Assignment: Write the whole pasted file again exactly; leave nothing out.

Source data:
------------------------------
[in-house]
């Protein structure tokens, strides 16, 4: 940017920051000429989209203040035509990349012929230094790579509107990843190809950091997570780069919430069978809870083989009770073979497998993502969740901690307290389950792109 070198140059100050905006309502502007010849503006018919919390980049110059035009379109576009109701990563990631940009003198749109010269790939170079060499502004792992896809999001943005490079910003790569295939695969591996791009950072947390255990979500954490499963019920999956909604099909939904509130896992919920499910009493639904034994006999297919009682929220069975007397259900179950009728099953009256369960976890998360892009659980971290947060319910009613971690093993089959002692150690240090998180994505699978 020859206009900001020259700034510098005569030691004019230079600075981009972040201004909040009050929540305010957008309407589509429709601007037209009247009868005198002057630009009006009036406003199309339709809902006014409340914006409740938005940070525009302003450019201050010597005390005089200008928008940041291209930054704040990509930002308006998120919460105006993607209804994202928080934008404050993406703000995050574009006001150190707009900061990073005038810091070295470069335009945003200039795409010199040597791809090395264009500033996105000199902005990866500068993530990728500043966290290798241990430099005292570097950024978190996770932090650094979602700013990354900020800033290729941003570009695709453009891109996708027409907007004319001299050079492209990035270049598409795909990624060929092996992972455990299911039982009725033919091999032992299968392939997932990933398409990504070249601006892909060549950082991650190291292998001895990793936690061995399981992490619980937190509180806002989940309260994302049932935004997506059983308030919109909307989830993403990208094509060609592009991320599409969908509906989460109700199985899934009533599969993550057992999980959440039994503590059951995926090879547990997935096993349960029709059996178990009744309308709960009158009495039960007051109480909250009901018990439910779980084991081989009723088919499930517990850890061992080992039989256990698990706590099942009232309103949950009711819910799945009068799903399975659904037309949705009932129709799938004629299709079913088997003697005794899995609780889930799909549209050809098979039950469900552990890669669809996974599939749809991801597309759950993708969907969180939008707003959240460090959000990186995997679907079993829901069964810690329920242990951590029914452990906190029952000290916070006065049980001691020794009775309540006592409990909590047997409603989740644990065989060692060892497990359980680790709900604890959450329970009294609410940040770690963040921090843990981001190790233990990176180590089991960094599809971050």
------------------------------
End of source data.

[in-house]
């Protein structure tokens, strides 16, 4: 940017920051000429989209203040035509990349012929230094790579509107990843190809950091997570780069919430069978809870083989009770073979497998993502969740901690307290389950792109 070198140059100050905006309502502007010849503006018919919390980049110059035009379109576009109701990563990631940009003198749109010269790939170079060499502004792992896809999001943005490079910003790569295939695969591996791009950072947390255990979500954490499963019920999956909604099909939904509130896992919920499910009493639904034994006999297919009682929220069975007397259900179950009728099953009256369960976890998360892009659980971290947060319910009613971690093993089959002692150690240090998180994505699978 020859206009900001020259700034510098005569030691004019230079600075981009972040201004909040009050929540305010957008309407589509429709601007037209009247009868005198002057630009009006009036406003199309339709809902006014409340914006409740938005940070525009302003450019201050010597005390005089200008928008940041291209930054704040990509930002308006998120919460105006993607209804994202928080934008404050993406703000995050574009006001150190707009900061990073005038810091070295470069335009945003200039795409010199040597791809090395264009500033996105000199902005990866500068993530990728500043966290290798241990430099005292570097950024978190996770932090650094979602700013990354900020800033290729941003570009695709453009891109996708027409907007004319001299050079492209990035270049598409795909990624060929092996992972455990299911039982009725033919091999032992299968392939997932990933398409990504070249601006892909060549950082991650190291292998001895990793936690061995399981992490619980937190509180806002989940309260994302049932935004997506059983308030919109909307989830993403990208094509060609592009991320599409969908509906989460109700199985899934009533599969993550057992999980959440039994503590059951995926090879547990997935096993349960029709059996178990009744309308709960009158009495039960007051109480909250009901018990439910779980084991081989009723088919499930517990850890061992080992039989256990698990706590099942009232309103949950009711819910799945009068799903399975659904037309949705009932129709799938004629299709079913088997003697005794899995609780889930799909549209050809098979039950469900552990890669669809996974599939749809991801597309759950993708969907969180939008707003959240460090959000990186995997679907079993829901069964810690329920242990951590029914452990906190029952000290916070006065049980001691020794009775309540006592409990909590047997409603989740644990065989060692060892497990359980680790709900604890959450329970009294609410940040770690963040921090843990981001190790233990990176180590089991960094599809971050």